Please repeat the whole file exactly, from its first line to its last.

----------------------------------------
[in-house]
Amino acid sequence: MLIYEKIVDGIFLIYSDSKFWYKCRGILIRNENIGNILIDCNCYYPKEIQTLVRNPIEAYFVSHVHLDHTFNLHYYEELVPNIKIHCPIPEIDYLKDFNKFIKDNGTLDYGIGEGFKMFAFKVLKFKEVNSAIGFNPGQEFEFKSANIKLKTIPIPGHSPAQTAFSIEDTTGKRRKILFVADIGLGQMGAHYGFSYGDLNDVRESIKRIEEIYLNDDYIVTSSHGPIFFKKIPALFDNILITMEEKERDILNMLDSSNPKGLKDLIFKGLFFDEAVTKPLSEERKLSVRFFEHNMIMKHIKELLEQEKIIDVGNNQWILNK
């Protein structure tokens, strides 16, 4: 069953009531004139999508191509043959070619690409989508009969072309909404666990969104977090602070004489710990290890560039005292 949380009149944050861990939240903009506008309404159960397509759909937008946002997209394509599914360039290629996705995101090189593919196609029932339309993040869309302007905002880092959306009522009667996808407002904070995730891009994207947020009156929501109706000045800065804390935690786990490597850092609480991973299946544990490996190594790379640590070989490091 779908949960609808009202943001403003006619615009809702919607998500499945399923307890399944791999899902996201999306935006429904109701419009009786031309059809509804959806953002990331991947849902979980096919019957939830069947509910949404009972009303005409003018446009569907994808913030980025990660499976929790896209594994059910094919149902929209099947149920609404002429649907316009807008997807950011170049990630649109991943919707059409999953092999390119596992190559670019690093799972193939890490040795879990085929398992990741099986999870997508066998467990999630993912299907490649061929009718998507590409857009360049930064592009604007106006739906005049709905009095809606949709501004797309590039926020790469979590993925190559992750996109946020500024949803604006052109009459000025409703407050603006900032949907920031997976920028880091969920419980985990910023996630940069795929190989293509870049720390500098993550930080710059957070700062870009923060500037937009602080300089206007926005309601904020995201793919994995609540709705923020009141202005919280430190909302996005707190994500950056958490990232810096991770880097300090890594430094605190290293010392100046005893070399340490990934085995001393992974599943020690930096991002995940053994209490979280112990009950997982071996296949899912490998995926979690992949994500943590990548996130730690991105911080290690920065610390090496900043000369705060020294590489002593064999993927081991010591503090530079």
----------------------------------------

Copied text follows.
[in-house]
Amino acid sequence: MLIYEKIVDGIFLIYSDSKFWYKCRGILIRNENIGNILIDCNCYYPKEIQTLVRNPIEAYFVSHVHLDHTFNLHYYEELVPNIKIHCPIPEIDYLKDFNKFIKDNGTLDYGIGEGFKMFAFKVLKFKEVNSAIGFNPGQEFEFKSANIKLKTIPIPGHSPAQTAFSIEDTTGKRRKILFVADIGLGQMGAHYGFSYGDLNDVRESIKRIEEIYLNDDYIVTSSHGPIFFKKIPALFDNILITMEEKERDILNMLDSSNPKGLKDLIFKGLFFDEAVTKPLSEERKLSVRFFEHNMIMKHIKELLEQEKIIDVGNNQWILNK
């Protein structure tokens, strides 16, 4: 069953009531004139999508191509043959070619690409989508009969072309909404666990969104977090602070004489710990290890560039005292 949380009149944050861990939240903009506008309404159960397509759909937008946002997209394509599914360039290629996705995101090189593919196609029932339309993040869309302007905002880092959306009522009667996808407002904070995730891009994207947020009156929501109706000045800065804390935690786990490597850092609480991973299946544990490996190594790379640590070989490091 779908949960609808009202943001403003006619615009809702919607998500499945399923307890399944791999899902996201999306935006429904109701419009009786031309059809509804959806953002990331991947849902979980096919019957939830069947509910949404009972009303005409003018446009569907994808913030980025990660499976929790896209594994059910094919149902929209099947149920609404002429649907316009807008997807950011170049990630649109991943919707059409999953092999390119596992190559670019690093799972193939890490040795879990085929398992990741099986999870997508066998467990999630993912299907490649061929009718998507590409857009360049930064592009604007106006739906005049709905009095809606949709501004797309590039926020790469979590993925190559992750996109946020500024949803604006052109009459000025409703407050603006900032949907920031997976920028880091969920419980985990910023996630940069795929190989293509870049720390500098993550930080710059957070700062870009923060500037937009602080300089206007926005309601904020995201793919994995609540709705923020009141202005919280430190909302996005707190994500950056958490990232810096991770880097300090890594430094605190290293010392100046005893070399340490990934085995001393992974599943020690930096991002995940053994209490979280112990009950997982071996296949899912490998995926979690992949994500943590990548996130730690991105911080290690920065610390090496900043000369705060020294590489002593064999993927081991010591503090530079």